Hurling Hands - Pat Fox: ‘I probably dished out a bit of punishment myself’

My hands are quite okay, but I have fingers which are bent out of shape because of damaged sinews
Hurling Hands - Pat Fox: ‘I probably dished out a bit of punishment myself’

Tipperary hurling legend Pat Fox in 1989. Picture: INPHO/James Meehan

Pat Fox, Eire Og Annacarty and Tipperary.

My hands are quite okay, but I have fingers which are bent out of shape because of damaged sinews.

I’ve one very badly bent, the top of it is nearly at 90 degrees because I tried to catch a ball and missed getting the catch just right — that happened to about four of my fingers, the ball hitting them wrong when I was trying to catch it, and the sinews in the fingers were affected.

I’d go to the doctor back then and the advice was usually along the lines of tying an ice cream stick to both sides of it and hoping it would straighten. The small finger on my right hand never straightened, though, and I've a bit of a bend in a couple of others.

But I'm lucky enough, I think, in that I don’t have arthritis. I broke bones across the backs of my hands a good few times, from lovely corner-backs for the most part.

Of course, I served my time as a corner-back as well for a few years, so I knew a few of the secrets involved, and I probably dished out a bit of punishment myself when I was a corner-back. All of it on the ball, obviously!

You don’t see that kind of punishment dished out as much now, but back then there was probably a lot more pulling on the ball, especially overhead pulling. That was a much bigger part of the game, while now it’s more about catching the ball and giving off short passes. You don’t have the ball sent in long on top of the full-forward line as much as it used to be.

Because of that, you don’t have that situation as much, where a fella is standing behind the forward and lashing as hard as he can on a dropping ball. That day is completely gone, so you don’t see that same number of fellas going off in every game.

Johnny Callinan said in this series there was a time at least one player, almost, would go off in every championship with a broken hand, but it's rare enough you see that now.

When I started off club hurling in West Tipperary fellas weren’t that particular at times how they pulled on the ball, in comparison — they pulled backwards and forwards and all directions.

Pat Fox's Hurling Hands
Pat Fox's Hurling Hands

My biggest problems, oddly enough, weren’t the breaks. If I broke a finger I knew I was out for a few weeks, and that was grand, but I often sprained my thumbs ahead of championship games, and I’d blame my boots for that.

The reason? I wore multi-studded boots —  I hated the other ones — and I’d end up slipping a lot in games. And when I'd slip on hard ground, I'd automatically shoot the hand out to save my fall, and I’d end up hurting my thumb.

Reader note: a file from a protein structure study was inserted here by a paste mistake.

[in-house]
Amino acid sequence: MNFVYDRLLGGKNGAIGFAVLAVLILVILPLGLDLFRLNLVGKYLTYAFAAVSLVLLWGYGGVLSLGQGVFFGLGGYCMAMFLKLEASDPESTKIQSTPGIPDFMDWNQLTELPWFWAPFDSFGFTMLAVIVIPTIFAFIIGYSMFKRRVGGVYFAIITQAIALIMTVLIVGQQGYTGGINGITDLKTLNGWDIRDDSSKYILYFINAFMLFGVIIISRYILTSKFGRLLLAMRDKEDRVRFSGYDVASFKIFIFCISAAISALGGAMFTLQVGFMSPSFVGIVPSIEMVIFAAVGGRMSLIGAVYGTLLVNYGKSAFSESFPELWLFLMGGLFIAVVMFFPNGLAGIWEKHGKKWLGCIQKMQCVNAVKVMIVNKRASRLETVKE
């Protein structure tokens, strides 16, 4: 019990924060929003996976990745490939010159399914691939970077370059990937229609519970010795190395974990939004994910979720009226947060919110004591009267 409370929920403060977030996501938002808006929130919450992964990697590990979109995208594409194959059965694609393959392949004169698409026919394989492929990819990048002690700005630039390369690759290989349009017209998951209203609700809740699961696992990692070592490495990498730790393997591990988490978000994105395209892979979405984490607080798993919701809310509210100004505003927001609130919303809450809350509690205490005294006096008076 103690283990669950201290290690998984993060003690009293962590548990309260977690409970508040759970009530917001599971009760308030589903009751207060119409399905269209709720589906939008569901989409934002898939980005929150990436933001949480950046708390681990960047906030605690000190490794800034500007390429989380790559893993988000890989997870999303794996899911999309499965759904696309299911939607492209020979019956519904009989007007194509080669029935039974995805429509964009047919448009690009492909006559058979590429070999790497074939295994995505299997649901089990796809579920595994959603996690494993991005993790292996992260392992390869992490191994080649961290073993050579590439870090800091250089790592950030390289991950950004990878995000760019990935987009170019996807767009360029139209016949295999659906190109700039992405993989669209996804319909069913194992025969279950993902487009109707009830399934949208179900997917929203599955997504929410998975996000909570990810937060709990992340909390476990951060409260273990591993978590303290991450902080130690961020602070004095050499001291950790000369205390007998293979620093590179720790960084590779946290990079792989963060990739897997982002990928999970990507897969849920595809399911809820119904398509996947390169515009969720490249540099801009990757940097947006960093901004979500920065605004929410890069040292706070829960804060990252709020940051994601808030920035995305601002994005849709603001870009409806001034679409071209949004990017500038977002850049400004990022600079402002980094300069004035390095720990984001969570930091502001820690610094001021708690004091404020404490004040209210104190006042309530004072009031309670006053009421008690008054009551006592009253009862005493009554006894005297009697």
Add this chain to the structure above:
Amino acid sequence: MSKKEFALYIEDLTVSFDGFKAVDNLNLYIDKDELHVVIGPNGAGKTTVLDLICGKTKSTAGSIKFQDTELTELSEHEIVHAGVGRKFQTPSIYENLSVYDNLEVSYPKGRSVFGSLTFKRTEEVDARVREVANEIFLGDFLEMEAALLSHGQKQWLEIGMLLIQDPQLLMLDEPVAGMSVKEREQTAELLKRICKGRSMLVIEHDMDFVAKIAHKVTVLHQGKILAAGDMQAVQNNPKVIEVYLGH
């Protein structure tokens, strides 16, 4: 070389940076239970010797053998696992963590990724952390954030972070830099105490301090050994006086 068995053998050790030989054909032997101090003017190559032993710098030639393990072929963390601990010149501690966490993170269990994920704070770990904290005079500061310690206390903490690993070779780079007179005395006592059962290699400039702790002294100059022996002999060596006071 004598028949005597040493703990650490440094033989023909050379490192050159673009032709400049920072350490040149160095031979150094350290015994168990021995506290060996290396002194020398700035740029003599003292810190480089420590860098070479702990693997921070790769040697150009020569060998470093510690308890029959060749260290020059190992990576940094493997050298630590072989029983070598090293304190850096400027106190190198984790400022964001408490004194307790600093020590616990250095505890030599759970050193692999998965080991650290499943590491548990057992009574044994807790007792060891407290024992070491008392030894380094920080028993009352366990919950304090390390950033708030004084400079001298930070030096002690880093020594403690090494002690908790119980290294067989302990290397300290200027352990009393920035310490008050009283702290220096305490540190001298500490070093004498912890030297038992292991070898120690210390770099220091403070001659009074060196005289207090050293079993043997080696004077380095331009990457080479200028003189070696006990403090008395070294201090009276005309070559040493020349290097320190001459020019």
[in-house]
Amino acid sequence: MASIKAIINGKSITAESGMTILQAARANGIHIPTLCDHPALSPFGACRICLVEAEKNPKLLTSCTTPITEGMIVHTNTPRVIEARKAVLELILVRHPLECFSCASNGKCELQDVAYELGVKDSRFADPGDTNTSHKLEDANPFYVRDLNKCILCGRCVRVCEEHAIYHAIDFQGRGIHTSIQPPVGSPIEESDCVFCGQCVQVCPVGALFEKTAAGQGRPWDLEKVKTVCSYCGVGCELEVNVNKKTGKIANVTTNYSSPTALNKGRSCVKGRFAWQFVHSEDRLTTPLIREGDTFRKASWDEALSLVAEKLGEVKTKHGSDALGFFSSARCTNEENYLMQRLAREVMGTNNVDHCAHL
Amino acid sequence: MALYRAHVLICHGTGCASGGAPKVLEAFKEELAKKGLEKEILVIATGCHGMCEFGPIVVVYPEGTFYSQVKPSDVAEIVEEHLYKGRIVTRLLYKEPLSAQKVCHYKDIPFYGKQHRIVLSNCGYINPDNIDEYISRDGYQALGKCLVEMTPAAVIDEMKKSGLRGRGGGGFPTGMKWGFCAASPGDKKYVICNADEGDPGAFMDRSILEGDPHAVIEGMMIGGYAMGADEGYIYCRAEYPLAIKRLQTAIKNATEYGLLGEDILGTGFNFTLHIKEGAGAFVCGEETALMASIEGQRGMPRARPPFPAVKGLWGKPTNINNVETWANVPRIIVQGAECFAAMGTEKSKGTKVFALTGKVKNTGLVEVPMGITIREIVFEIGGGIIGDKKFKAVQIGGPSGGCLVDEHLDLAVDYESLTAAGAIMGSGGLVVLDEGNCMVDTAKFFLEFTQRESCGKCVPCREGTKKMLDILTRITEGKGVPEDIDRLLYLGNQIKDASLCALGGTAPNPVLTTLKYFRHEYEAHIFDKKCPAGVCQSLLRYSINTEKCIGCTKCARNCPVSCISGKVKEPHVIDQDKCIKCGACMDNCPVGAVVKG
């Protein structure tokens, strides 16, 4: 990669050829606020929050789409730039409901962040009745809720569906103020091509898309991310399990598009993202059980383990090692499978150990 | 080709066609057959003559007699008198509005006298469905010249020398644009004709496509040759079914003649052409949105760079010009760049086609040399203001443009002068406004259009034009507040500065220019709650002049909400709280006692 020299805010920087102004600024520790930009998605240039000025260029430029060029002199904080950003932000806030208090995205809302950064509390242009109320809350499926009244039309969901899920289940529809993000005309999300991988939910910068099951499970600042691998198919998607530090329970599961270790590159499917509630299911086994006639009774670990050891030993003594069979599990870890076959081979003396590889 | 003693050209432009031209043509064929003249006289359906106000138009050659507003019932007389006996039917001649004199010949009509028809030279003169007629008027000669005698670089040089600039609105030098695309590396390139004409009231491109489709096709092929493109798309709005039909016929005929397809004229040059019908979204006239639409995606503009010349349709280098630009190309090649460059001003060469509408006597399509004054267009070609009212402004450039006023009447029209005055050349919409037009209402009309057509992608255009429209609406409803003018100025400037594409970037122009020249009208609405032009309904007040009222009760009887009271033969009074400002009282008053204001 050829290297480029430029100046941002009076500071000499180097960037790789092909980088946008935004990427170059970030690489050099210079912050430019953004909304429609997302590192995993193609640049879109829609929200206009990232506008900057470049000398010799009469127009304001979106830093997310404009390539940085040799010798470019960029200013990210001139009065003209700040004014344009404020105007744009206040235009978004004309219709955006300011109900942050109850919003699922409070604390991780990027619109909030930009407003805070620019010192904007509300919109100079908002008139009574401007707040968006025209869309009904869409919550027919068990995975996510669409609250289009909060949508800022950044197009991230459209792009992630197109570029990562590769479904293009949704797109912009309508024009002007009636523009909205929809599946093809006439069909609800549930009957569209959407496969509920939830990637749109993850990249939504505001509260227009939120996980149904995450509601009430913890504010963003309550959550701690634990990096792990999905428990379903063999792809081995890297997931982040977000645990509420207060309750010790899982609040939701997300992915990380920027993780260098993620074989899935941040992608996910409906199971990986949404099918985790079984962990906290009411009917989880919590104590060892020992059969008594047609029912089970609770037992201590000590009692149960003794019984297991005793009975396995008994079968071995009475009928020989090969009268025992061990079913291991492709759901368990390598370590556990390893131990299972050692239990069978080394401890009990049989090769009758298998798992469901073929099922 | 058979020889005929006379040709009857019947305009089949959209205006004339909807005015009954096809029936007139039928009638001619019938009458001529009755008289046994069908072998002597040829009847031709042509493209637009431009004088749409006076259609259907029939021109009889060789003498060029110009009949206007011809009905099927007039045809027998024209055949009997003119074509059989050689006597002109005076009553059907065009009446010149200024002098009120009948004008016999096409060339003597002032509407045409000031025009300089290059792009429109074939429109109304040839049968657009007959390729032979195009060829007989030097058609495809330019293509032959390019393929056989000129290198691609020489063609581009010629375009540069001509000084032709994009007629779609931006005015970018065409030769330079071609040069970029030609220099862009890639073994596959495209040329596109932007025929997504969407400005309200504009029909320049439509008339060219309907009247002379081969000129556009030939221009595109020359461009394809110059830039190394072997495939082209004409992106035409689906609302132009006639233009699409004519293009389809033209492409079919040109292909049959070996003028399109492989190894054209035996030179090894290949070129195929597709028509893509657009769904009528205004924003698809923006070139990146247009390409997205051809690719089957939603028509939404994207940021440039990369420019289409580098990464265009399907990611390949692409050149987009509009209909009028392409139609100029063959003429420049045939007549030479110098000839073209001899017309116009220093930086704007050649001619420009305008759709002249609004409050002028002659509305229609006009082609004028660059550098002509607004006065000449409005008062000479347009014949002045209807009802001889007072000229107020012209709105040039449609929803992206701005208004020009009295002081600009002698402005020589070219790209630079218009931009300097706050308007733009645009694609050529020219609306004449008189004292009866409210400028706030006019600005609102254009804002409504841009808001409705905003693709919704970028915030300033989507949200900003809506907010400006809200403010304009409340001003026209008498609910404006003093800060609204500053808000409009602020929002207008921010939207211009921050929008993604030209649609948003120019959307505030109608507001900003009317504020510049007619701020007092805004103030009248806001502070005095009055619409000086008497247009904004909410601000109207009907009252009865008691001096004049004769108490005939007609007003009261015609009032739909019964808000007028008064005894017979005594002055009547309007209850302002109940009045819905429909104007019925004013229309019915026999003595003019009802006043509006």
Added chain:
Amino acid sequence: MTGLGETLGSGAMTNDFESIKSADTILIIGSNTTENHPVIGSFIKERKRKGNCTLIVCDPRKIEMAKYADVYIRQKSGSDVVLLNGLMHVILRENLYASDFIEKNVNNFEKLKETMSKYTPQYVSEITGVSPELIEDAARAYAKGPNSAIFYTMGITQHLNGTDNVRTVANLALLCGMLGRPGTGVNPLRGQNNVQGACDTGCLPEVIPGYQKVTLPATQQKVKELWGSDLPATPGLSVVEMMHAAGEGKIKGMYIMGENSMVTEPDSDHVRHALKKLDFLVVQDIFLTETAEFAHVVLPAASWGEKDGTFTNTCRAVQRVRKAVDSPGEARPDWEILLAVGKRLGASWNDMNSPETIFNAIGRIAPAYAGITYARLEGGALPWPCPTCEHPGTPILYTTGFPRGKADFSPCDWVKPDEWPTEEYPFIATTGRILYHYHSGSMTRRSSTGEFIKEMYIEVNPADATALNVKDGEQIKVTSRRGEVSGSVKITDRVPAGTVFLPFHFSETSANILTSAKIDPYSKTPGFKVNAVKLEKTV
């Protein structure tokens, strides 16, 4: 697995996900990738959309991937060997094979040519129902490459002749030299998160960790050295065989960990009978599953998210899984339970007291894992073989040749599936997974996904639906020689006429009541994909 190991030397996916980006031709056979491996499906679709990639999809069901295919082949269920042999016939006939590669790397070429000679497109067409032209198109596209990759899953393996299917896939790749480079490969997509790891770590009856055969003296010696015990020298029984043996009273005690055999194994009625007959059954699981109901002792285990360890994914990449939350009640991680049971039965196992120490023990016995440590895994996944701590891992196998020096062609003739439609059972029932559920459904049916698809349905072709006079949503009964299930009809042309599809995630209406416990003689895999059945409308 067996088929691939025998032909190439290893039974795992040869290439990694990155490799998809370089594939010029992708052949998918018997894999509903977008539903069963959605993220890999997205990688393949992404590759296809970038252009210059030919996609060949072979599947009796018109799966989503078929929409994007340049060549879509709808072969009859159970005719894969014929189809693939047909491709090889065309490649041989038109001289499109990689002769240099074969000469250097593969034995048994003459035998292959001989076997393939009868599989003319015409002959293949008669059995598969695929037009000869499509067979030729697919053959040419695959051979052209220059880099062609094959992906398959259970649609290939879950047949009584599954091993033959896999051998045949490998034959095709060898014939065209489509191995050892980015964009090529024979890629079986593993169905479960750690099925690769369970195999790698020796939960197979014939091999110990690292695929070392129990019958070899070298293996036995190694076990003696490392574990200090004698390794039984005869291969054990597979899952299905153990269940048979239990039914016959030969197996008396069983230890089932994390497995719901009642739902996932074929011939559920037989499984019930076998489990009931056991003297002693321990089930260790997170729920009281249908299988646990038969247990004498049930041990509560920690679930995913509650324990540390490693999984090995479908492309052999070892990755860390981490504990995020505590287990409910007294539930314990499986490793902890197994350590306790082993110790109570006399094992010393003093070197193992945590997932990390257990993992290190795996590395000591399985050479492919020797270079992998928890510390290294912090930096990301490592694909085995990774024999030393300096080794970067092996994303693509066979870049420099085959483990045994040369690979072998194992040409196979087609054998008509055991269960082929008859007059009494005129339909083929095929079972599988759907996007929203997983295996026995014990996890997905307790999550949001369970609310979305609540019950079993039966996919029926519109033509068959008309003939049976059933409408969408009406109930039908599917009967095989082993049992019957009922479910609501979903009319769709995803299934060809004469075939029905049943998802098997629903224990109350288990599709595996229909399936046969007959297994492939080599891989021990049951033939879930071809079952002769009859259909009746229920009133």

You instinctively put the hand out and bang, it's gone. You can play away and train away with a sprained thumb, but it’s not ideal —if you don't have power and control in your thumb, you’re in trouble.

Myself and Nicky (English) were roommates for years with Tipperary and we’d always be talking hurleys, but I think inter-county hurlers would be nuts on their hurleys anyway.

Early on, I went JJ O’Brien in Cahir for my hurleys, an older man, and he used to make a lovely light hurley, whatever he did with the timber — he probably seasoned it for a long time — and I liked his hurleys a lot.

He was the man I went to most but he retired out of it and his son made hurleys. I went to him for a while but then one evening in training with Tipperary I picked up a hurley and asked where it had come from.

It was Phil Bourke in Upperchurch, so I went to him for the latter part of my playing career — I changed to his hurleys because he seasoned the timber in water and whether it was because of the way he stored them or what, they were slightly more springy and lasted a while.

That was a big thing, because a drier hurley could be inclined to break more easily, so I changed over to Phil’s.

Fellas I’d admire? We all adored what Eoin Kelly could do as a hurler, and in latter days what Bubbles (John O’Dwyer) can do is fantastic.

Eoin is probably the best I’ve ever seen, though Bubbles has nearly outshone him in latter years, some of the things he’s been able to do.

I can’t leave out Noel McGrath either for pure skills, for great hands, but I don't know if we’ve seen better than Eoin and Bubbles in my lifetime. I know the new ball is lighter and travels further, but the distance they can hit the ball is unreal.

Joe Canning has a fantastic crack off the ball, he can hit it a mile, but for two handy-sized lads, Eoin and Bubbles are hard to beat. Skills, the power in their wrists, it’s unbelievable.

Interview by Michael Moynihan

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